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Elizabethæ MILTON, omnibus melioribus et effectualioribus [efficacioribus ] via, modo, et meliori forma, necnon ad omnem juris effectum, exhibuit Testamentum nuncupativum dicti JoHANNIS Milton defuncti, fic incipiens, “ MEMORANDUM, " that John Milton, late of the parish of S. Giles, Cripplegate, &c.” Which

rds, or words to the same effect, were spoken in the prefence of Christopher MILTON, and Elizabeth Fisher ; et allegavit confimiliter, et dicens prout fequitur. I. Quod præfatus JOHANNES MILTON, dum vixit, mentis compos, ac in fua fana memoria exiftens, .... Testamentum fuum nuncupativum modo in hoc negatio exhibitum ..i tenoris fchedulæ.... teftamentariæ condidit, nuncupavit, et declaravit; cæteraque omnia et fingula dedit, donavit, reliquit, et disposuit, in omnibus, et per omnia, vel fimiliter in effectum, prout in dicto Teftamento nuncupativo continetur, ac poftea mortem obiit: ac Principalis Pars ifta proponit conjunctim, divifim, et de quolibet. II. Item, quod tempore conditionis, declarationis, nuncupationis Teftamenti, in hoc negotio exhibiti, præfatus JOHANNÉS Milton perfecta fruebatur memoria ; ac proponit ut fupra. 8

II. Interrogatories addreled to the Witnesses examined upon the

Allegation. Decemb. 5, 1674. Interrogatoria miniftrata et miniftranda ex parte Annæ Mariæ et Deboræ MILTON, teftibus ex parte Elizabethæ MILTON productis five producendis fequuntur.

Dr. Paget, about the year 1661, and in his fifty fourth year, foon after he had obtained his pardon from the restored king; being now blind and infirm, and wanting some more constant and confidential companion than a servant to attend upon his person. The elder Richardson infinuates, that this lady, being no poet or philosopher like her husband, used frequently to teaze him for his carclefiness or ignorance about money-matters, and that she was a termagant. He adds, that soon after their marriage, a royal oiter was made to Milton of the resumption of his old department of Latin Secretary, and that being strongly presled by his wife to an acceptance, he scornfully replied, “ Thou art in the right; you, as other wo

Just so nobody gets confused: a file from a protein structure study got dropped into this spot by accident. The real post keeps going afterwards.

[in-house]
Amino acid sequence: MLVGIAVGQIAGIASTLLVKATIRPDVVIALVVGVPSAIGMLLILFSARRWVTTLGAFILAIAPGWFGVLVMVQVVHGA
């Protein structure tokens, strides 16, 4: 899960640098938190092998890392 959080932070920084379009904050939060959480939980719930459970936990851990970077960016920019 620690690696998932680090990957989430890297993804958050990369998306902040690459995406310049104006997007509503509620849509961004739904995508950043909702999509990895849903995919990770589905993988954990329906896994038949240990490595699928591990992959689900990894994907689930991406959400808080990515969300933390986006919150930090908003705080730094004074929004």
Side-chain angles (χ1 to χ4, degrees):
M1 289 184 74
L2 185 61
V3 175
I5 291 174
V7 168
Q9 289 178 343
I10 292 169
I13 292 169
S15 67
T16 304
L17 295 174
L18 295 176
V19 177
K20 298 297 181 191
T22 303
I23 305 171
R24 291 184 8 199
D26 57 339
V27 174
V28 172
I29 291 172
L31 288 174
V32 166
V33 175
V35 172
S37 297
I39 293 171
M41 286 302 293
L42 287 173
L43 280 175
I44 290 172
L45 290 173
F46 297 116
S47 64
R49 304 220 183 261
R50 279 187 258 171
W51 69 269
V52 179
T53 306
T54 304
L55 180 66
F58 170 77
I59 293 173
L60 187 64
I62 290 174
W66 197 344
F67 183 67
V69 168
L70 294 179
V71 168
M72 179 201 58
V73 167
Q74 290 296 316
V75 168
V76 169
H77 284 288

men, would ride in your Coach. My aim is to live and die an konefi man.Life, &c. p. xcix. feq. edit, 1734. From these papers, however, it appears, that she consulted her husband's humours, and treated his infirmities with tenderness, After his death in 1674, she retired to Namptwich in Chethire, where she died about 1729. Mr. Penant fays, her father, Mr. Minshull, lived at Stoke in that neighbourhood. W. Tour, and Gough's Camden, Cheltuire, p. 436.

The third edition of PARADISE LOST was published in 1678: and this is the poet's widow, to whom the copy of that work was then to devolve by original agreement, but who fold all her claims to Samuel Simmons, his bookfeller, fur, eight pounds, according to her receipt given Decemb. 27, 1680, & Registr. Cur. Prærog. Cant, ut liups.


Imprimis, Aske each witnesse, what relation to, or dependance on, the producent, they, or either of them, have; and to which of the parties they would give the victory were it in their power ? Et interrogatur quilibit testis conjunctim, et di. visim, et de quolibet.

2. Item, Alke each witnesse, what day, and what time of the day, the Will nuncupative was declared; what positive words did the deceased use in the declaring thereof? Can you positively sweare, that the deceased did declare that hee did leave the residue of his estate to the disposall of hís wife, or did hee not say, “I will leave the residue of my estate to my wife?" Et fiat ut supra.

3. Item, Upon what occasion did the Deceased declare the faid Will? Was not the Deceased in perfect health at the fame time? Doe you not think, that the Decealed, if he declared any fuch Will, declared it in a present passion, or some angry humour against some or one of his children by his former (first] wife ? Et fiat ut supra.

4. Item, Aske each witnesse, whether the parties ministrant were not and are not greate frequenters of the Church, and good livers; and what cause of displeasure had the Deceased against them? Et fiat ut supra.

5. Item, Aske Mr. (Christopher] Milton, and each other witnesse, whether the Deceased's Will, if any such was made, was not, that the Deceased's wife should have £ 1000, and the children of the said Christopher Milton the relidue ; and whether she hath not promised him that they should have it, if shee prevailed in this Cause? Whether the said Mr. Milton hath not fince the Deceased's death confessed soe much, or some part thereof? Et fiat ut fupra.